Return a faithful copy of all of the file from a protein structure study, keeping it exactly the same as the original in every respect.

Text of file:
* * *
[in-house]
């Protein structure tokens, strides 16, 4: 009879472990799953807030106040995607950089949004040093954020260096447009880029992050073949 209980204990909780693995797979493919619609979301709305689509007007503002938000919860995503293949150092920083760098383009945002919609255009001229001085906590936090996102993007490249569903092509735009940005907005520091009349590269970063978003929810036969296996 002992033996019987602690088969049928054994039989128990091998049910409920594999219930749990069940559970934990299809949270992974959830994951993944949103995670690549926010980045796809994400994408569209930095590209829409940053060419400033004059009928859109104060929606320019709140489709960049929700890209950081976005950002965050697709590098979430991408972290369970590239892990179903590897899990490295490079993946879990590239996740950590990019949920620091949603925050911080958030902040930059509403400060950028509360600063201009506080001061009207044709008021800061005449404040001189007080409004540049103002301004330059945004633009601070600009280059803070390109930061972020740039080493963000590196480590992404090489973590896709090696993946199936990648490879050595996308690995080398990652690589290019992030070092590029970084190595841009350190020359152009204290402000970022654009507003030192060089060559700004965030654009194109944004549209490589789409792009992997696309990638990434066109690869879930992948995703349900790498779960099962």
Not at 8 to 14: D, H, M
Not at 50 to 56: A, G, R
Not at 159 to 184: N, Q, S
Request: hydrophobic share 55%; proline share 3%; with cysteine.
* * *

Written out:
[in-house]
């Protein structure tokens, strides 16, 4: 009879472990799953807030106040995607950089949004040093954020260096447009880029992050073949 209980204990909780693995797979493919619609979301709305689509007007503002938000919860995503293949150092920083760098383009945002919609255009001229001085906590936090996102993007490249569903092509735009940005907005520091009349590269970063978003929810036969296996 002992033996019987602690088969049928054994039989128990091998049910409920594999219930749990069940559970934990299809949270992974959830994951993944949103995670690549926010980045796809994400994408569209930095590209829409940053060419400033004059009928859109104060929606320019709140489709960049929700890209950081976005950002965050697709590098979430991408972290369970590239892990179903590897899990490295490079993946879990590239996740950590990019949920620091949603925050911080958030902040930059509403400060950028509360600063201009506080001061009207044709008021800061005449404040001189007080409004540049103002301004330059945004633009601070600009280059803070390109930061972020740039080493963000590196480590992404090489973590896709090696993946199936990648490879050595996308690995080398990652690589290019992030070092590029970084190595841009350190020359152009204290402000970022654009507003030192060089060559700004965030654009194109944004549209490589789409792009992997696309990638990434066109690869879930992948995703349900790498779960099962």
Not at 8 to 14: D, H, M
Not at 50 to 56: A, G, R
Not at 159 to 184: N, Q, S
Request: hydrophobic share 55%; proline share 3%; with cysteine.